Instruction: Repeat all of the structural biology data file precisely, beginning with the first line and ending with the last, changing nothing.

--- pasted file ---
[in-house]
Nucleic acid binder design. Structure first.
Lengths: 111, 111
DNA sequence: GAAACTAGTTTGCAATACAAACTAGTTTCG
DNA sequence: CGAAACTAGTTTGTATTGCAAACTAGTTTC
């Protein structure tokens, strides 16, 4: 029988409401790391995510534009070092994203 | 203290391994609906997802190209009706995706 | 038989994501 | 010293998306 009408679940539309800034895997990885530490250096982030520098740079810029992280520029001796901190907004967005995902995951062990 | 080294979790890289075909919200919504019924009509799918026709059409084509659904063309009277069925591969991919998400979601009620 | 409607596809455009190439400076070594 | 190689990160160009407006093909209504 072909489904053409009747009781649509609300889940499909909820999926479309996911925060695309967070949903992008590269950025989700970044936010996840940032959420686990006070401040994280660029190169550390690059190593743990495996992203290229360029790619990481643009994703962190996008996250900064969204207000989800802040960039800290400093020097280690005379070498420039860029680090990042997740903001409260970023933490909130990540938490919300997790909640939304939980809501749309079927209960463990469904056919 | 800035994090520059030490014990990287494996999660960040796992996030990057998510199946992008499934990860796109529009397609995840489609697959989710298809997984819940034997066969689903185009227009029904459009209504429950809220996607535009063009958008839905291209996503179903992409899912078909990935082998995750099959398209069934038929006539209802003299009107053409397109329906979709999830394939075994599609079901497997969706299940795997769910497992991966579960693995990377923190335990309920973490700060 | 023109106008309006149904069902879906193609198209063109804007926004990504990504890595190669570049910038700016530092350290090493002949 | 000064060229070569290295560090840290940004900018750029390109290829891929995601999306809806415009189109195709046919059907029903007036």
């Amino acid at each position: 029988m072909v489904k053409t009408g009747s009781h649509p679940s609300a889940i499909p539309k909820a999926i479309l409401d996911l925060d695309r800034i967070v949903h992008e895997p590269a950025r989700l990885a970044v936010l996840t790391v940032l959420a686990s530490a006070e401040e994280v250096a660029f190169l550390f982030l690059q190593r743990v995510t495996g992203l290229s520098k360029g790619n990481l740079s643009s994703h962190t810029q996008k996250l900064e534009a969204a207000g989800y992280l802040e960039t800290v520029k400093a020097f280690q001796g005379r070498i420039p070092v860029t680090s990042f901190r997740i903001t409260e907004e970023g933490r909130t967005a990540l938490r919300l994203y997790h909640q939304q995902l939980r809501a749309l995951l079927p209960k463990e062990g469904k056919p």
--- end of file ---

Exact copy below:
[in-house]
Nucleic acid binder design. Structure first.
Lengths: 111, 111
DNA sequence: GAAACTAGTTTGCAATACAAACTAGTTTCG
DNA sequence: CGAAACTAGTTTGTATTGCAAACTAGTTTC
């Protein structure tokens, strides 16, 4: 029988409401790391995510534009070092994203 | 203290391994609906997802190209009706995706 | 038989994501 | 010293998306 009408679940539309800034895997990885530490250096982030520098740079810029992280520029001796901190907004967005995902995951062990 | 080294979790890289075909919200919504019924009509799918026709059409084509659904063309009277069925591969991919998400979601009620 | 409607596809455009190439400076070594 | 190689990160160009407006093909209504 072909489904053409009747009781649509609300889940499909909820999926479309996911925060695309967070949903992008590269950025989700970044936010996840940032959420686990006070401040994280660029190169550390690059190593743990495996992203290229360029790619990481643009994703962190996008996250900064969204207000989800802040960039800290400093020097280690005379070498420039860029680090990042997740903001409260970023933490909130990540938490919300997790909640939304939980809501749309079927209960463990469904056919 | 800035994090520059030490014990990287494996999660960040796992996030990057998510199946992008499934990860796109529009397609995840489609697959989710298809997984819940034997066969689903185009227009029904459009209504429950809220996607535009063009958008839905291209996503179903992409899912078909990935082998995750099959398209069934038929006539209802003299009107053409397109329906979709999830394939075994599609079901497997969706299940795997769910497992991966579960693995990377923190335990309920973490700060 | 023109106008309006149904069902879906193609198209063109804007926004990504990504890595190669570049910038700016530092350290090493002949 | 000064060229070569290295560090840290940004900018750029390109290829891929995601999306809806415009189109195709046919059907029903007036």
């Amino acid at each position: 029988m072909v489904k053409t009408g009747s009781h649509p679940s609300a889940i499909p539309k909820a999926i479309l409401d996911l925060d695309r800034i967070v949903h992008e895997p590269a950025r989700l990885a970044v936010l996840t790391v940032l959420a686990s530490a006070e401040e994280v250096a660029f190169l550390f982030l690059q190593r743990v995510t495996g992203l290229s520098k360029g790619n990481l740079s643009s994703h962190t810029q996008k996250l900064e534009a969204a207000g989800y992280l802040e960039t800290v520029k400093a020097f280690q001796g005379r070498i420039p070092v860029t680090s990042f901190r997740i903001t409260e907004e970023g933490r909130t967005a990540l938490r919300l994203y997790h909640q939304q995902l939980r809501a749309l995951l079927p209960k463990e062990g469904k056919p």